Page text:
The behemoth of Woolsey Hall

By now, the Newberry is safe from destruction or alteration. But Nick and Joe still fret about periodic insinuations from Yale administrators that they are thinking about sprucing up Woolsey Hall: putting in carpet, replacing the hard wooden seats with upholstery, maybe adding some drapery to cut down on the reverberations that, some orchestras complain, make the hall such a difficult place to practice. These additions might make the hall more comfortable, and more hospitable to the three orchestras -- the music school's, the college's, and New Haven's -- that call it home. But they would also spoil its beautifully resonant organ acoustics. For the time being, however, there are no plans for big changes.

Joe and Nick lead me along a vertiginous catwalk in the organ's very top level. From where I stand, I can see over the tops of the show pipes in the facade, down the length of the barrel vault of the Woolsey ceiling, and out over the empty expanse on the auditorium. We sit down amongst the pipes to rest and to talk. Joe looks me in the eye.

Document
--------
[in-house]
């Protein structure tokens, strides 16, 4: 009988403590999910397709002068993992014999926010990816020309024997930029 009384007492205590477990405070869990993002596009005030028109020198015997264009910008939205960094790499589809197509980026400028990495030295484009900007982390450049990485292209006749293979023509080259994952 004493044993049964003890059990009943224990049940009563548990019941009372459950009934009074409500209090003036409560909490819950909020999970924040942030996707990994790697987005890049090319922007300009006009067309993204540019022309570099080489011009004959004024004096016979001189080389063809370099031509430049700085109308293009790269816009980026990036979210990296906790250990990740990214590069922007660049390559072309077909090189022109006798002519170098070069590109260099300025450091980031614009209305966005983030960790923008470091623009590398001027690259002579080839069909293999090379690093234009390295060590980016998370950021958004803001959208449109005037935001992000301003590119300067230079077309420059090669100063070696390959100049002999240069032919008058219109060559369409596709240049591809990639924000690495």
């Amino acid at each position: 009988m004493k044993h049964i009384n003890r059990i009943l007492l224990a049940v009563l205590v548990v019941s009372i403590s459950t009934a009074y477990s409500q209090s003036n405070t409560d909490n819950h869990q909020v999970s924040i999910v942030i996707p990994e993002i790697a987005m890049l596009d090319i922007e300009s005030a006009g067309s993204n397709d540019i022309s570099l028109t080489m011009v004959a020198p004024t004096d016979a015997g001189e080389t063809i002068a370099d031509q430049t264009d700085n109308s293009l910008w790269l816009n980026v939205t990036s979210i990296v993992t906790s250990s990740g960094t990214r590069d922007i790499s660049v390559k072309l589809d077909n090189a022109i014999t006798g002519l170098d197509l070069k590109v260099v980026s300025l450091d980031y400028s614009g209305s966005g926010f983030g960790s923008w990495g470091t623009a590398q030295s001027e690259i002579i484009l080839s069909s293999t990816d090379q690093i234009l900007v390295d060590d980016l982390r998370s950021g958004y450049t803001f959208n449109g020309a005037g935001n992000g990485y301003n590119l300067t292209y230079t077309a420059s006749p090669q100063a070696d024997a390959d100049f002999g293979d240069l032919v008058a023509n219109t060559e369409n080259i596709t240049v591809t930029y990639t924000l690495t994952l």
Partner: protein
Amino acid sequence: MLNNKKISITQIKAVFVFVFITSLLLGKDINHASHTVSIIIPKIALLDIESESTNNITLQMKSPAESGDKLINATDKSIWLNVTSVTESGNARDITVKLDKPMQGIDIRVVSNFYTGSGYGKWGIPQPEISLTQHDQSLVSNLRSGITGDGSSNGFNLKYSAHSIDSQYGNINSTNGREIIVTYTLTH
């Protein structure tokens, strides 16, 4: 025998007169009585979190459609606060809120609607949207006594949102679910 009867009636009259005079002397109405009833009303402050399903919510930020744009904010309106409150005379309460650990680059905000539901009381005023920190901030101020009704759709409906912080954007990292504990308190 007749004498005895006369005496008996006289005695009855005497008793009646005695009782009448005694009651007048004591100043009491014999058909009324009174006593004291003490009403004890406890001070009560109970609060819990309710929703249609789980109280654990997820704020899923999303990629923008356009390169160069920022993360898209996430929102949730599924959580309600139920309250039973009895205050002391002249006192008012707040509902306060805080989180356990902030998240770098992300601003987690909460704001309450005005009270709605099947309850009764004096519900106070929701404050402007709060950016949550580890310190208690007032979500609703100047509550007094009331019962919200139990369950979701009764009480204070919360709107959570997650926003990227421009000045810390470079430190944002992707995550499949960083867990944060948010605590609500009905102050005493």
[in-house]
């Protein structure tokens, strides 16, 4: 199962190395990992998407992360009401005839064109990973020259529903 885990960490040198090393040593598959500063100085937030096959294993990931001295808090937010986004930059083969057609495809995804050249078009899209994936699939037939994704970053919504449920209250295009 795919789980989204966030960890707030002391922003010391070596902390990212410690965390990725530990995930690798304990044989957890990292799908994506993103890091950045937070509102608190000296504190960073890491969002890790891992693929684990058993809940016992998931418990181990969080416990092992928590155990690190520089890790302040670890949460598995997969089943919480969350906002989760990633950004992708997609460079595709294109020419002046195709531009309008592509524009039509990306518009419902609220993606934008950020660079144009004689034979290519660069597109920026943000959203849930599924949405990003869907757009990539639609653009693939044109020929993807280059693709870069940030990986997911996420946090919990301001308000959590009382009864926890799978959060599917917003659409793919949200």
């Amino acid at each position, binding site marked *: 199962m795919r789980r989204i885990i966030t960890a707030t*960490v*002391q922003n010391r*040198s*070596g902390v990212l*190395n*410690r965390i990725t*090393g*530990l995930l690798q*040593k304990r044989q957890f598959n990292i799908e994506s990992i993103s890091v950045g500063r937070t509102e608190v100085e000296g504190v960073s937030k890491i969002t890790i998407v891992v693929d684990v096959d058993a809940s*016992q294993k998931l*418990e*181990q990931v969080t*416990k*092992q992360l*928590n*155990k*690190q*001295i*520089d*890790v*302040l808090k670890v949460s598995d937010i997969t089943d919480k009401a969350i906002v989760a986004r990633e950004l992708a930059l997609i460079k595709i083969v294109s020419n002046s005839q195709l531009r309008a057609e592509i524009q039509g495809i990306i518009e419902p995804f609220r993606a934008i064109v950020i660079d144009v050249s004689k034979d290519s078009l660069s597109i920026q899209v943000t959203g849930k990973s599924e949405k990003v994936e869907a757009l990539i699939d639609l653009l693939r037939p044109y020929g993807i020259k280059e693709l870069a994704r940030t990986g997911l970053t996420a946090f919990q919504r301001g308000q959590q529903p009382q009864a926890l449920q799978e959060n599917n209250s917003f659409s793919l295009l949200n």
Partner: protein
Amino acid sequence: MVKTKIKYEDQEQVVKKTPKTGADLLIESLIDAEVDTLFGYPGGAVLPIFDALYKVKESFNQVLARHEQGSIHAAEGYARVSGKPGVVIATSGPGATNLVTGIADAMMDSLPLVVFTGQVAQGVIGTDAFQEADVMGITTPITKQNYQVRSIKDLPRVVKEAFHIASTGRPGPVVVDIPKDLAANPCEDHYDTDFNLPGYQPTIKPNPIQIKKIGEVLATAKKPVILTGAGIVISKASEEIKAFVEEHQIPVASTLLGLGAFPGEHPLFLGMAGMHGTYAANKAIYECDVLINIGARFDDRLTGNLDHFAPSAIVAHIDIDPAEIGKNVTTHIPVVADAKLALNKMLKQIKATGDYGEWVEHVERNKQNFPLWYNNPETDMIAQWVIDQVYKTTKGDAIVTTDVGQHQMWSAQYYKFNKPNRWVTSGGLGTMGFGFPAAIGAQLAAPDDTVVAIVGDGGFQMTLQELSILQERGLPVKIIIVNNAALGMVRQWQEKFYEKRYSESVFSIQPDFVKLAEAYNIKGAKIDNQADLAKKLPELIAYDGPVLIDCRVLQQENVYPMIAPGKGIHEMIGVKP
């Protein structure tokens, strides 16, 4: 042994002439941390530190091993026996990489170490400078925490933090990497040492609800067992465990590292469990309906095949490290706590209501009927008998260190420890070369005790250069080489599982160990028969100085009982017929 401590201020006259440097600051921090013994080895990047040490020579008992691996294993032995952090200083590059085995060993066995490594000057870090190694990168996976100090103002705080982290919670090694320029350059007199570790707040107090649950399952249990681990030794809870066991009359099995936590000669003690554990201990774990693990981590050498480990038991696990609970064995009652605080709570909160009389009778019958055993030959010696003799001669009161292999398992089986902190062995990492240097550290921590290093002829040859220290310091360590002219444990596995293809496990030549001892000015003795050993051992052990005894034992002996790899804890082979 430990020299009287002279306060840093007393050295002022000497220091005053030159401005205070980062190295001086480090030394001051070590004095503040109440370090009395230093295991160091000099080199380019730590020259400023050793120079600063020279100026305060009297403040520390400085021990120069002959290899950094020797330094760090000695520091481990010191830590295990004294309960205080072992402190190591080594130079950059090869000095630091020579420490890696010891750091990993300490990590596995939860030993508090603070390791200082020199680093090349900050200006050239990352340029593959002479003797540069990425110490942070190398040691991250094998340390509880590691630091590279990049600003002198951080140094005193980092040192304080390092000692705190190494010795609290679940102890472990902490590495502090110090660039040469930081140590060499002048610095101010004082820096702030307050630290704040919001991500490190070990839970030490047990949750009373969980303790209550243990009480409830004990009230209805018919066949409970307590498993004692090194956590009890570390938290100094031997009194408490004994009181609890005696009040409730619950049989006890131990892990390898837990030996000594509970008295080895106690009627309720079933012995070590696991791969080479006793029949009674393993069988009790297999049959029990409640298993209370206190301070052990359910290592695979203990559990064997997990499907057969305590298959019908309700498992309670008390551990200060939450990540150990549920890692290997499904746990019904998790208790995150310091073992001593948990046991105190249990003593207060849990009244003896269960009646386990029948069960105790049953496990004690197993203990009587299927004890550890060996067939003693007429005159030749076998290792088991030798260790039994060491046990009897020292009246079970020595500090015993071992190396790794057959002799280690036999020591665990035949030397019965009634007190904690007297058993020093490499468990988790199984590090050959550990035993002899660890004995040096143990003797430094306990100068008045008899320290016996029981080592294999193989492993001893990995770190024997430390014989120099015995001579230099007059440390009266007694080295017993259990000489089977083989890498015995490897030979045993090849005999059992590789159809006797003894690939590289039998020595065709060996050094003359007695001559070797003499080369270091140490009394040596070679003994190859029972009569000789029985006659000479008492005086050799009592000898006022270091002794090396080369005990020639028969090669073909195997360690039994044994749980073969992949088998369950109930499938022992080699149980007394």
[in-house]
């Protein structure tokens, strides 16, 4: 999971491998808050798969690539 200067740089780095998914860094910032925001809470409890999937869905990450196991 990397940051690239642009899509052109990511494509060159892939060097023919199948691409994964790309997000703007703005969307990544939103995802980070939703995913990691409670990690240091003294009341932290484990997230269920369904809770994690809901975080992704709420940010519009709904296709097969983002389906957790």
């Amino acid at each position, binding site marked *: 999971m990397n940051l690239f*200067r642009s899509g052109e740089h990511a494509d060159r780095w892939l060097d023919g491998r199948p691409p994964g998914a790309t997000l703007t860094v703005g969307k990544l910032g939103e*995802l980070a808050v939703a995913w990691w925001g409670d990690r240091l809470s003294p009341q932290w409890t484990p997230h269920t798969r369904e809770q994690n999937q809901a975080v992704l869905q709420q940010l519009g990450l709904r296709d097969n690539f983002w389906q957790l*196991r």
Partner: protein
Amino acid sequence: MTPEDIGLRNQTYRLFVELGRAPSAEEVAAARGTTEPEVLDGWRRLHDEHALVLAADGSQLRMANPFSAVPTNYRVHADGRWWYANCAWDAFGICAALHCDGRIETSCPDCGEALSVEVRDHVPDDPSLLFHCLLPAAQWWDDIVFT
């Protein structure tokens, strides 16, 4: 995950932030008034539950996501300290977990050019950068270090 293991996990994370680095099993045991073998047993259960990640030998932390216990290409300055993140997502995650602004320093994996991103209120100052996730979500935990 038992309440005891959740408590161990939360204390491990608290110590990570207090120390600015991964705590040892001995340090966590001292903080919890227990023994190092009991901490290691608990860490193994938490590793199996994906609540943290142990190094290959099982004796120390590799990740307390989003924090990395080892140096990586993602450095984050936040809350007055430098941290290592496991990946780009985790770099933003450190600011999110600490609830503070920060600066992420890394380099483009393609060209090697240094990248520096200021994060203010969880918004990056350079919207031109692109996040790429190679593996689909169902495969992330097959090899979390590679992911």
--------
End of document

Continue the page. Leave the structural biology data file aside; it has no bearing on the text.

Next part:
"Tony, do you appreciate how special it is to be in this organ? This is one of the great organs in the world."

He gestures to the organ.

"The people who designed it were geniuses of their time. We tend to believe we're the smartest people who walked the planet. That's a fallacy. These were very bright people. They may have thought about the world differently than us. But they left their mark. They're gone, but their mark is still here.

"The past conservators are forgotten. Joseph Dzeda and Nicholas Thompson-Allen will be forgotten. But the builders -- Hutchings, Steere, Ernest Skinner, Donald Harrison, Harry Van Wart -- their names will survive."  


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